Is CarSharing the Next Frontier for Fleet EVs?

 In Electric Vehicle News, EV Industry

At the Automotive News Congress in Munich last month, an analyst from Morgan Stanley predicted that widespread integration into car-sharing fleets could be a major turning point for EV sales. “Car-sharing and [EV] technology adoption go hand in hand,” said Laura Lembke, a vice president of the bank’s automotive investment team. Lembke said that higher daily usage will soon allow car-sharing fleets to recoup the added cost of an electric drivetrain in just 2-3 years compared to a much longer period for most individual purchasers.

A number of carmakers and car-sharing companies are already racing to prepare for this trend. In June, ZipCar announced it would deploy 50 Volkswagen GTE plug-in hybrids in London. BMW’s DriveNow program already offers the i3 to drivers in at least ten cities, including Munich, Berlin, Copenhagen, London and Seattle. The carmaker says its DriveNow service has already reached profitability, just five years after its launch.

Meanwhile, General Motors and Lyft are hard at work on self-driving vehicles that will be deployed as part of a new car-sharing model in the coming years—provided governments sign off on necessary new regulations. The test program is based around integrating autonomous technology into the forthcoming Chevy Bolt, a 200-mile subcompact EV that goes on sale later this year.

Lyft could eventually be a major source of sales for GM’s electric vehicle program, but that will likely be contingent on the success of autonomous car-sharing. A pilot program is scheduled to launch in 2017.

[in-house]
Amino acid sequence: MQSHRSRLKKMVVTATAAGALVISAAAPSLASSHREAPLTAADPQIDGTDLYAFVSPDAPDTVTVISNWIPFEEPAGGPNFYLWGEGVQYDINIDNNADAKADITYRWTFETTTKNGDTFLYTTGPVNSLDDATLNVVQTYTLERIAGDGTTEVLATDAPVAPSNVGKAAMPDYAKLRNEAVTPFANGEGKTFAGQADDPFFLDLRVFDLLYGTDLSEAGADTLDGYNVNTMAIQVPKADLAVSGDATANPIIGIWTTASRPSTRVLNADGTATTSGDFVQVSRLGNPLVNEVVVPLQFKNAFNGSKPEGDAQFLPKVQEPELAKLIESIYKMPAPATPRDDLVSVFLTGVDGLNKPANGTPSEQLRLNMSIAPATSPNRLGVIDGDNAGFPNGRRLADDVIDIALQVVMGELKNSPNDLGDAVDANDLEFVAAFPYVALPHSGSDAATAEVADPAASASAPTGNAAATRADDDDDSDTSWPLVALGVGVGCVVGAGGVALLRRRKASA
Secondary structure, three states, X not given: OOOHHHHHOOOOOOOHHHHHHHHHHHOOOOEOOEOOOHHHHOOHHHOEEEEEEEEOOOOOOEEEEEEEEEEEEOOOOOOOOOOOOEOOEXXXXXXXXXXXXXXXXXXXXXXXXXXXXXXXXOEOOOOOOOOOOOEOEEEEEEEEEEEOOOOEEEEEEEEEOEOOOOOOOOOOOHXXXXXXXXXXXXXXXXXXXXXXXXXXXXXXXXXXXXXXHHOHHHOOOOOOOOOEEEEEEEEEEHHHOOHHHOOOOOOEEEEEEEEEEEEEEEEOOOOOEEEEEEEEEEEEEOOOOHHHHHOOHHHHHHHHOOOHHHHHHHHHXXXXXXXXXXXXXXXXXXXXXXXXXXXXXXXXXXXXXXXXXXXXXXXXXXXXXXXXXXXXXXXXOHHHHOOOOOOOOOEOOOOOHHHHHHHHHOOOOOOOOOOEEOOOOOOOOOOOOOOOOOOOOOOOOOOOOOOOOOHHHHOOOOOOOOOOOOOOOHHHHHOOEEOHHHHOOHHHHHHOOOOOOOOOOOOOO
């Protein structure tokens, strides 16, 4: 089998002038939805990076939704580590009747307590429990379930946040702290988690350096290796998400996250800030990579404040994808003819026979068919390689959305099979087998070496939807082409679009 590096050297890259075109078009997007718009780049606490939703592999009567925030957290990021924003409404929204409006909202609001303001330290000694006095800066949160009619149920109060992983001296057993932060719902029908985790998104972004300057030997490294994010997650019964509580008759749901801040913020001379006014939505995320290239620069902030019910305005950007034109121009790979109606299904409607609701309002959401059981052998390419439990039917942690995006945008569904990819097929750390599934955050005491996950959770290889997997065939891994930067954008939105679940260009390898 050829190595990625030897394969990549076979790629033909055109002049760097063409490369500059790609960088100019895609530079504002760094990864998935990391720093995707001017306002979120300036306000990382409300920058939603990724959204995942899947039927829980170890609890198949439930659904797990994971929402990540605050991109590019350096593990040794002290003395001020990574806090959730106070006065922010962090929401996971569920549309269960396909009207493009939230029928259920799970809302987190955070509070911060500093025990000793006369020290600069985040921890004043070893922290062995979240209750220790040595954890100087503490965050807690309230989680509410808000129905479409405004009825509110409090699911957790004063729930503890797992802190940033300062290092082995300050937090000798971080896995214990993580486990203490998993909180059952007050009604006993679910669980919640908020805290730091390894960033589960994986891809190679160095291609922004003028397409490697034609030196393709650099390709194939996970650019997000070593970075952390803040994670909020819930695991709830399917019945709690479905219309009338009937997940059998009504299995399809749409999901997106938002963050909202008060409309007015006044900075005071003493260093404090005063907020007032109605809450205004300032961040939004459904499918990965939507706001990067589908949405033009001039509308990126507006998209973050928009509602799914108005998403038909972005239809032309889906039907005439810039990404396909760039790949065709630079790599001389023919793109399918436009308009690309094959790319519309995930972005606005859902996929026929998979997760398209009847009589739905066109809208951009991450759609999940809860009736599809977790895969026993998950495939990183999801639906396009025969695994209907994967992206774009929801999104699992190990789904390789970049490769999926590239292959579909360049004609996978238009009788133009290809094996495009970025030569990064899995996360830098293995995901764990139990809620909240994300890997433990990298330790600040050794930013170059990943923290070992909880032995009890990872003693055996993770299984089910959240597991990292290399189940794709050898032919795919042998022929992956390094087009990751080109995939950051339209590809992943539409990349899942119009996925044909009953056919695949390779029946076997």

While the small Bolt may not be ideal for drivers picking up passengers, it should be sufficiently roomy in the front seat for individual loaners. Due to a richness of high-tech features and potential for additional automation-related fuel savings, plug-ins are particularly well-suited for self-driving.

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Lyft's founders Logan Green, left, and John Zimmer, right, with General Motors president Daniel Ammann.

Lyft’s founders Logan Green, left, and John Zimmer, right, with General Motors president Daniel Ammann.

Naturally, even before autonomous fleets become a reality, any company looking to make use of them will need to study their duty cycles and other patterns of use. These sorts of feasibility studies are usually best completed in well advance of any investment, as they can inform interim vehicle purchase decisions, budgeting, and brand positioning as the technology gets closer to market.

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